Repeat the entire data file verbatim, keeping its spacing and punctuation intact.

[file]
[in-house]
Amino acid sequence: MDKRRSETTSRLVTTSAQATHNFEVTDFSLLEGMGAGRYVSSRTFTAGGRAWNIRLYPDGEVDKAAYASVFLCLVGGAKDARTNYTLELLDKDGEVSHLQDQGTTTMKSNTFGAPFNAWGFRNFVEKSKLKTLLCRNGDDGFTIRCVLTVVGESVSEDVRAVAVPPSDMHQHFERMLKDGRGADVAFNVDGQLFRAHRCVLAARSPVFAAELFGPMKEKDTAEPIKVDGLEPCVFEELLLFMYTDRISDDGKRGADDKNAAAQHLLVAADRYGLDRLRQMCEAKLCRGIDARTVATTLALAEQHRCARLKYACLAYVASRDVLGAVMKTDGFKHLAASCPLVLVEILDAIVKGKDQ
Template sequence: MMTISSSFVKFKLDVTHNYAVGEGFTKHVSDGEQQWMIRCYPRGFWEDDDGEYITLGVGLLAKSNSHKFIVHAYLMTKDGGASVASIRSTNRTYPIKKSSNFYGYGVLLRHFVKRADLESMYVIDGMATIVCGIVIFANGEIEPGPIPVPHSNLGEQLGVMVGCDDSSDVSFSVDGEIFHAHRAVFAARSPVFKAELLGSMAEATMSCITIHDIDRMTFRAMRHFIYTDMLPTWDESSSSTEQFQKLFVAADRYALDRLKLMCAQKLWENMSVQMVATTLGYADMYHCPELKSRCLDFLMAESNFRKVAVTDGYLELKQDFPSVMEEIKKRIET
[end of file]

[in-house]
Amino acid sequence: MDKRRSETTSRLVTTSAQATHNFEVTDFSLLEGMGAGRYVSSRTFTAGGRAWNIRLYPDGEVDKAAYASVFLCLVGGAKDARTNYTLELLDKDGEVSHLQDQGTTTMKSNTFGAPFNAWGFRNFVEKSKLKTLLCRNGDDGFTIRCVLTVVGESVSEDVRAVAVPPSDMHQHFERMLKDGRGADVAFNVDGQLFRAHRCVLAARSPVFAAELFGPMKEKDTAEPIKVDGLEPCVFEELLLFMYTDRISDDGKRGADDKNAAAQHLLVAADRYGLDRLRQMCEAKLCRGIDARTVATTLALAEQHRCARLKYACLAYVASRDVLGAVMKTDGFKHLAASCPLVLVEILDAIVKGKDQ
Template sequence: MMTISSSFVKFKLDVTHNYAVGEGFTKHVSDGEQQWMIRCYPRGFWEDDDGEYITLGVGLLAKSNSHKFIVHAYLMTKDGGASVASIRSTNRTYPIKKSSNFYGYGVLLRHFVKRADLESMYVIDGMATIVCGIVIFANGEIEPGPIPVPHSNLGEQLGVMVGCDDSSDVSFSVDGEIFHAHRAVFAARSPVFKAELLGSMAEATMSCITIHDIDRMTFRAMRHFIYTDMLPTWDESSSSTEQFQKLFVAADRYALDRLKLMCAQKLWENMSVQMVATTLGYADMYHCPELKSRCLDFLMAESNFRKVAVTDGYLELKQDFPSVMEEIKKRIET